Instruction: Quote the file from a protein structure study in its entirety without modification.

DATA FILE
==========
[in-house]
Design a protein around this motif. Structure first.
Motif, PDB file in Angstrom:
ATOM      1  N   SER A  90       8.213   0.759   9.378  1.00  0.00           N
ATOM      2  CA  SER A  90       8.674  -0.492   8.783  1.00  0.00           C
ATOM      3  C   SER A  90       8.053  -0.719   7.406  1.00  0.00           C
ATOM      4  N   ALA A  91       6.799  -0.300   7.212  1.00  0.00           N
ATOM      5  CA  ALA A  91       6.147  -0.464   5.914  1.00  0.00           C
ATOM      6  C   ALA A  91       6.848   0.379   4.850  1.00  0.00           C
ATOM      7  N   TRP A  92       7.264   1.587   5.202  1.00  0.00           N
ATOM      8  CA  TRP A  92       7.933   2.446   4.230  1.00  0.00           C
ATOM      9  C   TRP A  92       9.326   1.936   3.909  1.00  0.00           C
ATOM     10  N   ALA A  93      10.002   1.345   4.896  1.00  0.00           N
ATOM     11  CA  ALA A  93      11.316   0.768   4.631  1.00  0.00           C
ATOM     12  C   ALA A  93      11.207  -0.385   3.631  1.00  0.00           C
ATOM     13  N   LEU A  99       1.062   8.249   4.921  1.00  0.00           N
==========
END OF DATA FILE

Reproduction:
[in-house]
Design a protein around this motif. Structure first.
Motif, PDB file in Angstrom:
ATOM      1  N   SER A  90       8.213   0.759   9.378  1.00  0.00           N
ATOM      2  CA  SER A  90       8.674  -0.492   8.783  1.00  0.00           C
ATOM      3  C   SER A  90       8.053  -0.719   7.406  1.00  0.00           C
ATOM      4  N   ALA A  91       6.799  -0.300   7.212  1.00  0.00           N
ATOM      5  CA  ALA A  91       6.147  -0.464   5.914  1.00  0.00           C
ATOM      6  C   ALA A  91       6.848   0.379   4.850  1.00  0.00           C
ATOM      7  N   TRP A  92       7.264   1.587   5.202  1.00  0.00           N
ATOM      8  CA  TRP A  92       7.933   2.446   4.230  1.00  0.00           C
ATOM      9  C   TRP A  92       9.326   1.936   3.909  1.00  0.00           C
ATOM     10  N   ALA A  93      10.002   1.345   4.896  1.00  0.00           N
ATOM     11  CA  ALA A  93      11.316   0.768   4.631  1.00  0.00           C
ATOM     12  C   ALA A  93      11.207  -0.385   3.631  1.00  0.00           C
ATOM     13  N   LEU A  99       1.062   8.249   4.921  1.00  0.00           N